For America to realize its promise of social and economic mobility, it’s going to have to undo the aristocratic policies...
The title of a book by Pierre Manent, Democracy Without Nations, cuts to the heart of the European Union’s folly. The day may soon be coming when someone has to write a companion volume about the United States called Democracy Without Community. Place has always been the organizing principle in American self-government. This is true in a formal sense, with the country divided into states and localities with governments of their own. But it has also been true in an informal, cultural sense: different places have had different personalities and have held different conservations with themselves, most often through the medium of local newspapers. In 1840, Alexis de Tocqueville famously observed in the second volume of Democracy in America:
The number of newspapers must diminish or increase among a democratic people in proportion as its administration is more or less centralized. For among democratic nations the exercise of local powers cannot be entrusted to the principal members of the community as in aristocracies. Those powers must be either abolished or placed in the hands of very large numbers of men, who then in fact constitute an association permanently established by law for the purpose of administering the affairs of a certain extent of territory; and they require a journal to bring to them every day, in the midst of their own minor concerns, some intelligence of the state of their public weal. The more numerous local powers are, the greater is the number of men in whom they are vested by law; and as this want is hourly felt, the more profusely do newspapers abound.
In the twentieth century, local radio and television supplemented the work of the newspapers. This work was not always either edifying or well performed, but local news and local self-government maintained an obvious connection. Most politics was local politics, even at the national level, where regional differences were reflected in Congress. The “culture war” of the late twentieth century was largely a war of regional cultures, with different views on abortion or Second Amendment liberties to be found among cities or in the country and from state to state. A minority view in one place might be the majority view in another, and great issues would be aggregated into partisan coalitions. Yet the starting point for all effective coalitions, even the most philosophically abstract, was local culture and its potential for political expression. This was no less true for economics than for social issues: Americans worked in particular places where particular industries were rooted. Local political networks provided the means to communicate the interests of workers and businesses to higher levels of government.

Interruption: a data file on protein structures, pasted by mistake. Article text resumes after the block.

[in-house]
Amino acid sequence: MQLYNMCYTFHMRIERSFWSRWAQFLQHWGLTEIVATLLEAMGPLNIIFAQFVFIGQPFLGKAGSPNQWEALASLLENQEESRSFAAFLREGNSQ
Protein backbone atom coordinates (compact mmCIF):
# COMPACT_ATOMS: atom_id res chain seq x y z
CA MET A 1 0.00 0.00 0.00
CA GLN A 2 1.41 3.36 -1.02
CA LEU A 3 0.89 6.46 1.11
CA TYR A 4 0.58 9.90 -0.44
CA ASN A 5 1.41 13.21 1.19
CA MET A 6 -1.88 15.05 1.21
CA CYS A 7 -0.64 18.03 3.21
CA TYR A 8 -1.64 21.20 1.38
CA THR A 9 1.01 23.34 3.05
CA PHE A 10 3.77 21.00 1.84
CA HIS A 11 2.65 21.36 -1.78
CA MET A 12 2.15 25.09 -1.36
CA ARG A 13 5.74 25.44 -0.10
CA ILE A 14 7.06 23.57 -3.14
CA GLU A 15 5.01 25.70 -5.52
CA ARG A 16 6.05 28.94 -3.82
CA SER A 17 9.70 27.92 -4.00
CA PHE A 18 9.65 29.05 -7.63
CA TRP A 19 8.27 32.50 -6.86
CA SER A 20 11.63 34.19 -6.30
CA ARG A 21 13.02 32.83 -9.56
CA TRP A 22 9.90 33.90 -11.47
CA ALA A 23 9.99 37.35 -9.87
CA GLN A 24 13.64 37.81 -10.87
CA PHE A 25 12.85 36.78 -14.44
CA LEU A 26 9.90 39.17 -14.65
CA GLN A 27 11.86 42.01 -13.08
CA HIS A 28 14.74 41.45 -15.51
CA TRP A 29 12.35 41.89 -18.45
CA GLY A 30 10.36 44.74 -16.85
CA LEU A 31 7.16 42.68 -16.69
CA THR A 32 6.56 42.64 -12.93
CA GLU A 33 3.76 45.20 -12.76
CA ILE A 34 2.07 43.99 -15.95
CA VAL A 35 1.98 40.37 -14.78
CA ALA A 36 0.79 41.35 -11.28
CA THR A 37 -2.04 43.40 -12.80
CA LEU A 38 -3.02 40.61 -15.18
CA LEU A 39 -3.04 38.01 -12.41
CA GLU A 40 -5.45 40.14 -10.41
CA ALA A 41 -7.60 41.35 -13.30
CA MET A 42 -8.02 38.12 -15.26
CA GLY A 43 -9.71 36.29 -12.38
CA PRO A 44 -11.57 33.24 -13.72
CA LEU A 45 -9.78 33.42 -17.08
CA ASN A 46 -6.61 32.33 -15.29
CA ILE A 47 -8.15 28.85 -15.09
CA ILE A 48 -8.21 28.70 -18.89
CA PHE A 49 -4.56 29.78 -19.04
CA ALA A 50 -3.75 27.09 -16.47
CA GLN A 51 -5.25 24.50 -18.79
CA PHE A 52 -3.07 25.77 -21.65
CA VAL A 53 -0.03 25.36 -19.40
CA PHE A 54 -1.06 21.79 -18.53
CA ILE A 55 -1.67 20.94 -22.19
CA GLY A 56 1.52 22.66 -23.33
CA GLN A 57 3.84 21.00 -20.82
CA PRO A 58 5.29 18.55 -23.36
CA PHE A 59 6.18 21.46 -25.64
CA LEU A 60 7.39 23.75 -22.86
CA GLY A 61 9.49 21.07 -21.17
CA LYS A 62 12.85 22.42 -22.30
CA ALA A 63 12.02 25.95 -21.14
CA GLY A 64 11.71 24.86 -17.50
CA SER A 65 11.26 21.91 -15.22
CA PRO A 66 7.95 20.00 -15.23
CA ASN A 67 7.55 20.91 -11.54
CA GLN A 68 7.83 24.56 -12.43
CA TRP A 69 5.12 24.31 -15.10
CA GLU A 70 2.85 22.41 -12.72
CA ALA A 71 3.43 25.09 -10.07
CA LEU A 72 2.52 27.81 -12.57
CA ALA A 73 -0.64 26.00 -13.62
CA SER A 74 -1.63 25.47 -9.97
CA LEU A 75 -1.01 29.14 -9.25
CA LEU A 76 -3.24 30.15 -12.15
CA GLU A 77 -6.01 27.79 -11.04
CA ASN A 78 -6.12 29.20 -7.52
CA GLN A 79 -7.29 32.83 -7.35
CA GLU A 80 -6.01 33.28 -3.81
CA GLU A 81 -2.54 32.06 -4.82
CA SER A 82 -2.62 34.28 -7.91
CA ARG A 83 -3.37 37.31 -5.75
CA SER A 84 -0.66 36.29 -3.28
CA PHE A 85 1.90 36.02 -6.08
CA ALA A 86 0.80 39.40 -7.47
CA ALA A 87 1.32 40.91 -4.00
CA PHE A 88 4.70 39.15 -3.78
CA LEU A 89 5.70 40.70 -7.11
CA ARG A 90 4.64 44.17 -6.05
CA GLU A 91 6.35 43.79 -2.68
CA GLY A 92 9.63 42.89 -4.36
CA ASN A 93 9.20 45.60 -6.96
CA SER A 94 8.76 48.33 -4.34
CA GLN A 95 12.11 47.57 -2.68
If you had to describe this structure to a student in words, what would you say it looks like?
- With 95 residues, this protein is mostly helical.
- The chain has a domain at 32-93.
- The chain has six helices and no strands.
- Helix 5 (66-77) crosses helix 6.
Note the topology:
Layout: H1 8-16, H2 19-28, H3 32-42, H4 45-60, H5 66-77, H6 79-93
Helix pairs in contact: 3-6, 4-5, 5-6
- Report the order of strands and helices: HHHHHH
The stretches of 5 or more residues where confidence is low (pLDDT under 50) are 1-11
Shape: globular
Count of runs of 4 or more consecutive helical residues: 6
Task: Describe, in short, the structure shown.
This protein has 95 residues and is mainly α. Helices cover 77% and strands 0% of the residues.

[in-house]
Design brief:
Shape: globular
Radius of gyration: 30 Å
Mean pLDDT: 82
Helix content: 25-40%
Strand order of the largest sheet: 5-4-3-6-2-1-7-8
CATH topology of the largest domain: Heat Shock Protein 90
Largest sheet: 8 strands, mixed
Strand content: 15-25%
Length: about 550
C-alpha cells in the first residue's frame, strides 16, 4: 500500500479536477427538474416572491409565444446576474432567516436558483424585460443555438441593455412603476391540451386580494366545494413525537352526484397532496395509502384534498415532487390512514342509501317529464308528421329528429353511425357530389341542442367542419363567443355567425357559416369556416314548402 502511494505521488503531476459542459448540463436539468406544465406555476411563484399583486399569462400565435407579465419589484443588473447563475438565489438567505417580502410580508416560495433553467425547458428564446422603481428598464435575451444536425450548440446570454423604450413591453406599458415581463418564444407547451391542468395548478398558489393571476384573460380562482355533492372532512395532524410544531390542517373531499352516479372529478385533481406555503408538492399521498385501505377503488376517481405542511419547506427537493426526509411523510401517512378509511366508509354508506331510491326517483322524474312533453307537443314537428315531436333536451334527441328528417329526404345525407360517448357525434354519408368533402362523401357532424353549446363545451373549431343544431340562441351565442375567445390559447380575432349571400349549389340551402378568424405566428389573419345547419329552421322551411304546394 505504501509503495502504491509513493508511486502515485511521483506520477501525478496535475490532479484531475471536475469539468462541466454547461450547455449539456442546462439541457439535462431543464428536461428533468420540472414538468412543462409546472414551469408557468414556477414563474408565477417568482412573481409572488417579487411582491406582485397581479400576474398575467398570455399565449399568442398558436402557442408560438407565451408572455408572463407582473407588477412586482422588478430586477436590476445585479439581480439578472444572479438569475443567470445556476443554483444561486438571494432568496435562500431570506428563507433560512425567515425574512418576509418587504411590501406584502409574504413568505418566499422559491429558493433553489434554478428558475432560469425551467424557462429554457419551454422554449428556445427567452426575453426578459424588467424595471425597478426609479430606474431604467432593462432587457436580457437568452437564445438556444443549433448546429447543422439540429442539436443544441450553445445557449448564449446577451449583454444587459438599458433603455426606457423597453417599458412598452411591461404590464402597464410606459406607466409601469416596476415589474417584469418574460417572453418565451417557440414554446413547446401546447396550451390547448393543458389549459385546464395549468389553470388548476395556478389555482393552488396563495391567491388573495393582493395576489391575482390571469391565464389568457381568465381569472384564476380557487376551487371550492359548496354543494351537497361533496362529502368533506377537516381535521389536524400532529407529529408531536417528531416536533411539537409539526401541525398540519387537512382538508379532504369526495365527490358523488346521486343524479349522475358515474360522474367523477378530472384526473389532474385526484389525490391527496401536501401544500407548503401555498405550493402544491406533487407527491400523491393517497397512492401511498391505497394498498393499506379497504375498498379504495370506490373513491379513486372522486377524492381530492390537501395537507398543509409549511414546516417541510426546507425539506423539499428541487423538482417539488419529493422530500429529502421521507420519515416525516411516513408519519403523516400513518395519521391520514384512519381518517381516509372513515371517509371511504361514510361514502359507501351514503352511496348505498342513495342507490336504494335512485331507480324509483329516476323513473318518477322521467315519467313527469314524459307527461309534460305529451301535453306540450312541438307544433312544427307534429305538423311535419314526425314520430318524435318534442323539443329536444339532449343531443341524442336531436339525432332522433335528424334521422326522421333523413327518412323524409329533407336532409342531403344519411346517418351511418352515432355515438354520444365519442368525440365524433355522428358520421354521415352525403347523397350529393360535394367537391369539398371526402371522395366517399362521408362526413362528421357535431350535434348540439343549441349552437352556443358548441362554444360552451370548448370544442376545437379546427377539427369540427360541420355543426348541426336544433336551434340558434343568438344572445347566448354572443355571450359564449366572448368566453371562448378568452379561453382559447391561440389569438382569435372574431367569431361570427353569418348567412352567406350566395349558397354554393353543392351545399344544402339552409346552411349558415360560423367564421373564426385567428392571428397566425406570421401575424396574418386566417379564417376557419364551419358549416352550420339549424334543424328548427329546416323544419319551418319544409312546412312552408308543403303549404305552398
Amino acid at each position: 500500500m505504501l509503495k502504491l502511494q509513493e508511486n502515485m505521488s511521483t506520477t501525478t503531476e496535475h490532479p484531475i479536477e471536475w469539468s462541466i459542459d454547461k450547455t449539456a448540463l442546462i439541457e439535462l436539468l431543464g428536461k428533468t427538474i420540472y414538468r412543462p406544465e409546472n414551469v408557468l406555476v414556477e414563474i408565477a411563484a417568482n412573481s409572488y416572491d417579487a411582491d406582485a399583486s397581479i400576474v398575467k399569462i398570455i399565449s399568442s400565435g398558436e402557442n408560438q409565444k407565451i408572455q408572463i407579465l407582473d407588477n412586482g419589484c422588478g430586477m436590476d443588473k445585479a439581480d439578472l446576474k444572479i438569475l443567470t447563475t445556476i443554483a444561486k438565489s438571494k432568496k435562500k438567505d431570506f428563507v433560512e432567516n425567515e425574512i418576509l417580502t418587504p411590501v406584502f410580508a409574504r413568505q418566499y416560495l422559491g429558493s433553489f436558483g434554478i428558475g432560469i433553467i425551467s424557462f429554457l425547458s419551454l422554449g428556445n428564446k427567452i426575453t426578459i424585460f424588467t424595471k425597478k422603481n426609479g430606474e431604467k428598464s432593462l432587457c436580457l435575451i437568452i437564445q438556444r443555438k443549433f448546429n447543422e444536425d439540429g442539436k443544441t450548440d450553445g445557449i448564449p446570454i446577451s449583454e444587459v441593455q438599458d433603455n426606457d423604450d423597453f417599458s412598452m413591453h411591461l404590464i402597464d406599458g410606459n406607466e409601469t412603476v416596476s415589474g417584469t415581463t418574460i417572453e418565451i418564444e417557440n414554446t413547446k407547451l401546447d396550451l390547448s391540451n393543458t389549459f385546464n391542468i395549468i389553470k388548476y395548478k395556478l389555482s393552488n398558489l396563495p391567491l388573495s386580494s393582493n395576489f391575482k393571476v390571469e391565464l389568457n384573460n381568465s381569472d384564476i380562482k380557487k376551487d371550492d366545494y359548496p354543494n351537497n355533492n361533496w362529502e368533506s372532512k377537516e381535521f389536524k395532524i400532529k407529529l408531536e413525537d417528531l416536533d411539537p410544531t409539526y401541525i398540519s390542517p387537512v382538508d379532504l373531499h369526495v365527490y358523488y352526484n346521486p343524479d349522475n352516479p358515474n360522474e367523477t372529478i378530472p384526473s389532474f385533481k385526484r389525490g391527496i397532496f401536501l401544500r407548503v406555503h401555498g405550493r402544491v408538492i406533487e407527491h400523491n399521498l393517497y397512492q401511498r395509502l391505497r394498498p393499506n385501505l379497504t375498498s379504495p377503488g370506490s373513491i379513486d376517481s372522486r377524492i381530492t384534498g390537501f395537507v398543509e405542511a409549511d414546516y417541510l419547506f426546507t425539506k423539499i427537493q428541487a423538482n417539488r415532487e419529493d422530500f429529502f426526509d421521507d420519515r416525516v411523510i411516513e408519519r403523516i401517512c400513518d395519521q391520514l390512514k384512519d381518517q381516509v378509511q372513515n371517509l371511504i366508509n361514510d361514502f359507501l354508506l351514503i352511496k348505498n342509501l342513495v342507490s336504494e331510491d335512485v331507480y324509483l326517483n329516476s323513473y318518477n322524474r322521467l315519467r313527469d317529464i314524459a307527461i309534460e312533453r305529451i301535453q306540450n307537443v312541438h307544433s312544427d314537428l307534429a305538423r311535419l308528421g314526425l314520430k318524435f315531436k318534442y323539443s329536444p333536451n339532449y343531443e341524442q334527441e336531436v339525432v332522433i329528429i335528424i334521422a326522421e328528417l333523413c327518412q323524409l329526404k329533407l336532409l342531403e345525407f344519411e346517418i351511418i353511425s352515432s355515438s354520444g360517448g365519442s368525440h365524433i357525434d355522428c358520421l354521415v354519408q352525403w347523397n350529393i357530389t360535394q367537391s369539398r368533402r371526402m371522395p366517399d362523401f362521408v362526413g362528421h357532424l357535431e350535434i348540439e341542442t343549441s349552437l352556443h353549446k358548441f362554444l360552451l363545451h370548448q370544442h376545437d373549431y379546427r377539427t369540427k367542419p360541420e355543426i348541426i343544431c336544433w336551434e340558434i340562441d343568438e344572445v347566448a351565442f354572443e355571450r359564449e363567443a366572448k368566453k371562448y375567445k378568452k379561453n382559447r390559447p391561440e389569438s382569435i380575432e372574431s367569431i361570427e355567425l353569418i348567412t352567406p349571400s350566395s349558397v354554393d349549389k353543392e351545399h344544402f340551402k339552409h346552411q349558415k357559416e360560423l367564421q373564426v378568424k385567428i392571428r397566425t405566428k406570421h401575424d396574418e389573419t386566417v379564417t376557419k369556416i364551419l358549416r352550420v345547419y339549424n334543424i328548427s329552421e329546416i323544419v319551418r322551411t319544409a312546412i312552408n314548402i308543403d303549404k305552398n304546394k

The consequences of America’s recent trend toward displacement are thus far-reaching indeed. Social media is not place-based the way newspapers were. Walmart and other vast national chains were once the nemesis of localists, yet now the retail economy has become even more placeless with the rise of Amazon. COVID-19 has shown that information-economy employment also has little necessary tie to geography. And the virtual economy has been the less vulnerable economy amid the pandemic crisis: local retailers, including the chains, have suffered, while Amazon has prospered; telecommuting workers have kept their jobs, while Americans whose work depends on place have lost theirs. Meanwhile, in the realm of ideas and cultural politics—always linked to the dominant forms of media—local personality has given way to causes that transcend place. The identities of identity politics are not localized and cannot fit the pattern of traditional American self-government. Perhaps unsurprisingly, progressives now call into question not only the Electoral College but also the principle of equal representation in the U.S. Senate. And when they refer to the “popular vote” in House elections, what they mean is not the vote in each congressional district, but the overall national vote for one political party or the other.
Democracy as Americans have known it is impossible without localized politics because without such politics there are no channels through which to convey the great multiplicity of thoughts, interests, and values that matter to the public. To put everything in one venue, with more than 300 million people in the country, amounts to trivializing most voices, and empowering only the most organized, powerful, and media savvy. The result of that, as Tocqueville would have expected, is both centralization and atomization, frustration and hopelessness, and administrative tyranny. It encourages talk of secession, though secession itself is meaningless without the organization and personality of place.
All is not lost—even in Europe, nations have proved willing to reclaim democracy. America needs a Brexit: secession not from the Union but from the displaced bureaucracy and progressive church.
Daniel McCarthy is the editor of Modern Age.
Founded in 1957 by the great Russell Kirk, Modern Age is the forum for stimulating debate and discussion of the most important ideas of concern to conservatives of all stripes. It plays a vital role in these contentious, confusing times by applying timeless principles to the specific conditions and crises of our age—to what Kirk, in the inaugural issue, called “the great moral and social and political and economic and literary questions of the hour.”
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